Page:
Asked in opinion polls about issues that matter most to them, Europe and the EU come some way down the priority list of most people’s chief concerns.

And yet, of the issues that they do care about: jobs, the cost of living,  housing, immigration, health, education,  energy, transport, – each and every one is materially, and almost always adversely, affected by our membership of the European Union, with the unelected EU rather than our own Parliament deciding our laws.

The fact that so many members of the general public seem unable to join up the dots and link EU membership directly to the issues that worry them is down to the woeful reporting of the insidious mission creep of the EU’s slimy tentacles into so many areas of our lives.

Most routine reporting of the EU comes from a small corps of correspondents based in Brussels who reflect the editorial line of the broadcaster or newspaper that they represent. Thus the BBC and Guardian journalists can be relied upon to churn out a diet of pro-EU propaganda, while, for example, those of the more critical Telegraph and Mail, worried about sending their readers to sleep with ‘boring’ Brussels stories,  often rely on the more absurd aspects of EU diktats –  those of the ‘bent banana’ variety,  – designed to amuse rather than outrage their readers.

(In passing, it should be noted that a pastmaster of such anecdotes, the nation’s favourite clown Boris Johnson, cut his journalistic teeth as the Telegraph’s correspondent in Brussels, where he made his name by relaying a constant diet of tales designed to show up the EU as foolish – oh, those funny foreigners –  but never as the sinister conspiracy to destroy Europe’s nations that it is.

Those tempted to regard Johnson as the acceptable fun face of Conservatism  and even as a Eurosceptic, should remember that he is fully in favour of Britain’s EU membership, and actually has publicly declared that he would welcome the addition of his ancestral homeland Turkey to the EU ‘club’, and with it the uncontrolled arrival of millions of Asian Anatolian immigrants in Britain).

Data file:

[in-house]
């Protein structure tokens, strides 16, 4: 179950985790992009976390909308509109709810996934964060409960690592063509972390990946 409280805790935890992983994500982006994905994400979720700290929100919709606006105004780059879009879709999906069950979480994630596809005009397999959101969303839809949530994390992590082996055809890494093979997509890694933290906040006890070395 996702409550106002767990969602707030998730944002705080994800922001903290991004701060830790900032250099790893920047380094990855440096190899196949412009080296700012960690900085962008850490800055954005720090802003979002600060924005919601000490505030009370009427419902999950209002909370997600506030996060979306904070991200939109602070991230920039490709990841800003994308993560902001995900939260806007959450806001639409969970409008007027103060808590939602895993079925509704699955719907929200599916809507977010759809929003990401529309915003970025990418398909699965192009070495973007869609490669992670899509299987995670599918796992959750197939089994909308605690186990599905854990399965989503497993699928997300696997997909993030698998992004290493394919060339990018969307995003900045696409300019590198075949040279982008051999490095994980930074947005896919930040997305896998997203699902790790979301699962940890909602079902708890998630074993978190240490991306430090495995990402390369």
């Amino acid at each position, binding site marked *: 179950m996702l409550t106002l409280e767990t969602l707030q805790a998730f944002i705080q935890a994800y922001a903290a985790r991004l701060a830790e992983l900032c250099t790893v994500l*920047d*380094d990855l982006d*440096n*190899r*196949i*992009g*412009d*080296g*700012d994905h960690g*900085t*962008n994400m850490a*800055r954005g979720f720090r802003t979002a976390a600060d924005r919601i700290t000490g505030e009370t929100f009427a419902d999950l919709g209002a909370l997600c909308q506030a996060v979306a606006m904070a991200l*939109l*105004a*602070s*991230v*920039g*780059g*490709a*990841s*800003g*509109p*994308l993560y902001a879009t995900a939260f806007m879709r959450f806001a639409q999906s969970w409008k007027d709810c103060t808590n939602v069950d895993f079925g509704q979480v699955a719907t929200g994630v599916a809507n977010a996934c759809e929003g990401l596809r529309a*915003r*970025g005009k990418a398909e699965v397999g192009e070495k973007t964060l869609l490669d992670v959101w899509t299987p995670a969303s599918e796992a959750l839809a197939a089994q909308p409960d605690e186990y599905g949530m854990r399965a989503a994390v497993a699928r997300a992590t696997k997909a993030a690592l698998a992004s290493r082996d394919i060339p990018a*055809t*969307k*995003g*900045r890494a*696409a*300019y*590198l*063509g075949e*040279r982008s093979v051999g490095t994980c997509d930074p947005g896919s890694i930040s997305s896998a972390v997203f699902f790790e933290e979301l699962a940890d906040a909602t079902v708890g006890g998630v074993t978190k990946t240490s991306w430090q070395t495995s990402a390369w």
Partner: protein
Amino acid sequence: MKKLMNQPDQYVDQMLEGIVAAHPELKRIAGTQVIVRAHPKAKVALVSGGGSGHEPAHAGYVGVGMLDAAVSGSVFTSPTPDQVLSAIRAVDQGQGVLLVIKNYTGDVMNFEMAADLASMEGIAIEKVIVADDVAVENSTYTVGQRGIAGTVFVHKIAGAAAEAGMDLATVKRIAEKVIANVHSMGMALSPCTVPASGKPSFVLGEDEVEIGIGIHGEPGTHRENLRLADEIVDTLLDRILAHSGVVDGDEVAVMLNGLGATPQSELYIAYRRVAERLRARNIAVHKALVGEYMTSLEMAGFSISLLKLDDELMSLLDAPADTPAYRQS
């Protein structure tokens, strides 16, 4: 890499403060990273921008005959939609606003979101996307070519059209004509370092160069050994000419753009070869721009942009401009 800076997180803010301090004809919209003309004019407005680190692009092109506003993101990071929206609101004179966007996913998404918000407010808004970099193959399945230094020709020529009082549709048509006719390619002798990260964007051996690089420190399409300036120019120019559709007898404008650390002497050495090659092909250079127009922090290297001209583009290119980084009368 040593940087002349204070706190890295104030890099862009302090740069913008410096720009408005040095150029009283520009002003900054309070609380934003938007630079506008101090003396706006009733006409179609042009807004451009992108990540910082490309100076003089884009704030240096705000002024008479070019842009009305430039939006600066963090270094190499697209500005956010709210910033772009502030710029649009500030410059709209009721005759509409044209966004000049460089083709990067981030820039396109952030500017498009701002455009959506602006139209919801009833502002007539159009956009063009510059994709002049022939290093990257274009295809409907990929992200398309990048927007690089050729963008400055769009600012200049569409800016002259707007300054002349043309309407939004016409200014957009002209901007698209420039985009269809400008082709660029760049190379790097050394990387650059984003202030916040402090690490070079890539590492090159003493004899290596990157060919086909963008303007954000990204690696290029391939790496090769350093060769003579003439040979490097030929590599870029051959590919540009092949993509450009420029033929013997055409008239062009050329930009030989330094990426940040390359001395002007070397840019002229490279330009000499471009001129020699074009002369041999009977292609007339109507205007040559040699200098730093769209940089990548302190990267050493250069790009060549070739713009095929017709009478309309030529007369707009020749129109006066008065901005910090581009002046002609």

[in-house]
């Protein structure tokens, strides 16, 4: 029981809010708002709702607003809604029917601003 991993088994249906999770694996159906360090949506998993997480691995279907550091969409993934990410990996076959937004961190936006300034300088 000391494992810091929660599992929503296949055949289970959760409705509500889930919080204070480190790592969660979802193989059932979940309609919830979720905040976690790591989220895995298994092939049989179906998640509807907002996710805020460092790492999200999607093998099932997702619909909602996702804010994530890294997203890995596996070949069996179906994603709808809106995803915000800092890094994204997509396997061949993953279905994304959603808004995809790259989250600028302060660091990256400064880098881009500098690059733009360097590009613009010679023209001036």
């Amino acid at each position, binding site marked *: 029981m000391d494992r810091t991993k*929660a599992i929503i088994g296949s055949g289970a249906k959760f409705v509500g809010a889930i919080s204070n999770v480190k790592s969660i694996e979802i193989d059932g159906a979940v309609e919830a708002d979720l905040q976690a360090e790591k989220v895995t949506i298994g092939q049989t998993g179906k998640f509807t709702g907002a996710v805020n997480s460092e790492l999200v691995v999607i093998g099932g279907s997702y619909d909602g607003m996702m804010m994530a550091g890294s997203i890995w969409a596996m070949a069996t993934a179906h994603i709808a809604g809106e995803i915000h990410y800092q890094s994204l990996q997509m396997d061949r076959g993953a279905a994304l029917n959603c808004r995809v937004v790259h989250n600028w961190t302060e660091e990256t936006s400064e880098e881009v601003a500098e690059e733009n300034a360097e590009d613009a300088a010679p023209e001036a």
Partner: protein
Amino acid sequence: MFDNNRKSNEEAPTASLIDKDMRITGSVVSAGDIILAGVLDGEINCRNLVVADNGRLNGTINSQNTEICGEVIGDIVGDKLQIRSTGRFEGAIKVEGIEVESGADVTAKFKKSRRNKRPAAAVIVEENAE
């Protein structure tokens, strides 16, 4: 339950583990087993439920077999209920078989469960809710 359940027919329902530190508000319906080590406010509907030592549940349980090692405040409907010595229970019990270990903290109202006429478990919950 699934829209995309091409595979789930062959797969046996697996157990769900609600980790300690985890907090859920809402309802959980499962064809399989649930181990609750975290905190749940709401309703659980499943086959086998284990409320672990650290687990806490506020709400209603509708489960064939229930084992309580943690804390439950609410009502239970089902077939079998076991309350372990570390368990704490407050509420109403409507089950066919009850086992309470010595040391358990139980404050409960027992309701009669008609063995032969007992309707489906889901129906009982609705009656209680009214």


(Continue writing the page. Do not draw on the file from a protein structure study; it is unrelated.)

Between the rock of solid pro-EU lies on the one hand, and the hard place of silly stories on the other, the British public remains sadly uninformed about the steady loss of their sovereignty to an unelected foreign power: a process enthusiastically agreed to by the three parties at Westminster, often for sordid motives of direct financial gain.

UKIP is the only party explicitly committed to withdrawing Britain from the European Union. Only UKIP has consistently told the ugly truth about the game of Grandmother’s Footsteps that is being practiced in Brussels – every time we look round, a little bit more of our freedom, prosperity and independence has been lost.

It is now a race against time. Will a majority of the British public awake to the peril lapping round their feet before it drowns them? Or will they continue to be lulled into a sense of false security by a diet of lies, pap, and boredom fed by the Press Corps in Brussels as their last liberties are lost? The European elections next May should give us some idea which way the wind is blowing.

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